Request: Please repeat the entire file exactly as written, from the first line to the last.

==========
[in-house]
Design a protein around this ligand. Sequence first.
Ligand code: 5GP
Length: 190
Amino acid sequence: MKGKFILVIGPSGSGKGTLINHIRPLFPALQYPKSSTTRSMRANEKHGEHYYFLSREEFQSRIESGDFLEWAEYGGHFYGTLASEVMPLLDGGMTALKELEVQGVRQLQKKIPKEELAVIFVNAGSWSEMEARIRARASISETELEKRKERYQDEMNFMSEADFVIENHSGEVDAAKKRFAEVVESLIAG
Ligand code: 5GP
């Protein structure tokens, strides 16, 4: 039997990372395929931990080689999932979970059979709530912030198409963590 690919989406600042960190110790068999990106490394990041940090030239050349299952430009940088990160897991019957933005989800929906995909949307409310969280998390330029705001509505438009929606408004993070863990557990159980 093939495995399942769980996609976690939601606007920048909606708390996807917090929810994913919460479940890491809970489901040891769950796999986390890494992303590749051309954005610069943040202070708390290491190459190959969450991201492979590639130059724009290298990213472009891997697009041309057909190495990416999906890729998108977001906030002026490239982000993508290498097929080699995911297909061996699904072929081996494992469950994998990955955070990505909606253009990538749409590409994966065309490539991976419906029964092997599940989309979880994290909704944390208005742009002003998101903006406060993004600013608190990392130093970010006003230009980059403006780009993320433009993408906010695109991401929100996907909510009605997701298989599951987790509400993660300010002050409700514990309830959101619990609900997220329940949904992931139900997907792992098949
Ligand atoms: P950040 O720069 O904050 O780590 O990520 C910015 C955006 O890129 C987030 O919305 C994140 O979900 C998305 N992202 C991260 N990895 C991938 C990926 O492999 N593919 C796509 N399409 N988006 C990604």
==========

[in-house]
Design a protein around this ligand. Sequence first.
Ligand code: 5GP
Length: 190
Amino acid sequence: MKGKFILVIGPSGSGKGTLINHIRPLFPALQYPKSSTTRSMRANEKHGEHYYFLSREEFQSRIESGDFLEWAEYGGHFYGTLASEVMPLLDGGMTALKELEVQGVRQLQKKIPKEELAVIFVNAGSWSEMEARIRARASISETELEKRKERYQDEMNFMSEADFVIENHSGEVDAAKKRFAEVVESLIAG
Ligand code: 5GP
């Protein structure tokens, strides 16, 4: 039997990372395929931990080689999932979970059979709530912030198409963590 690919989406600042960190110790068999990106490394990041940090030239050349299952430009940088990160897991019957933005989800929906995909949307409310969280998390330029705001509505438009929606408004993070863990557990159980 093939495995399942769980996609976690939601606007920048909606708390996807917090929810994913919460479940890491809970489901040891769950796999986390890494992303590749051309954005610069943040202070708390290491190459190959969450991201492979590639130059724009290298990213472009891997697009041309057909190495990416999906890729998108977001906030002026490239982000993508290498097929080699995911297909061996699904072929081996494992469950994998990955955070990505909606253009990538749409590409994966065309490539991976419906029964092997599940989309979880994290909704944390208005742009002003998101903006406060993004600013608190990392130093970010006003230009980059403006780009993320433009993408906010695109991401929100996907909510009605997701298989599951987790509400993660300010002050409700514990309830959101619990609900997220329940949904992931139900997907792992098949
Ligand atoms: P950040 O720069 O904050 O780590 O990520 C910015 C955006 O890129 C987030 O919305 C994140 O979900 C998305 N992202 C991260 N990895 C991938 C990926 O492999 N593919 C796509 N399409 N988006 C990604």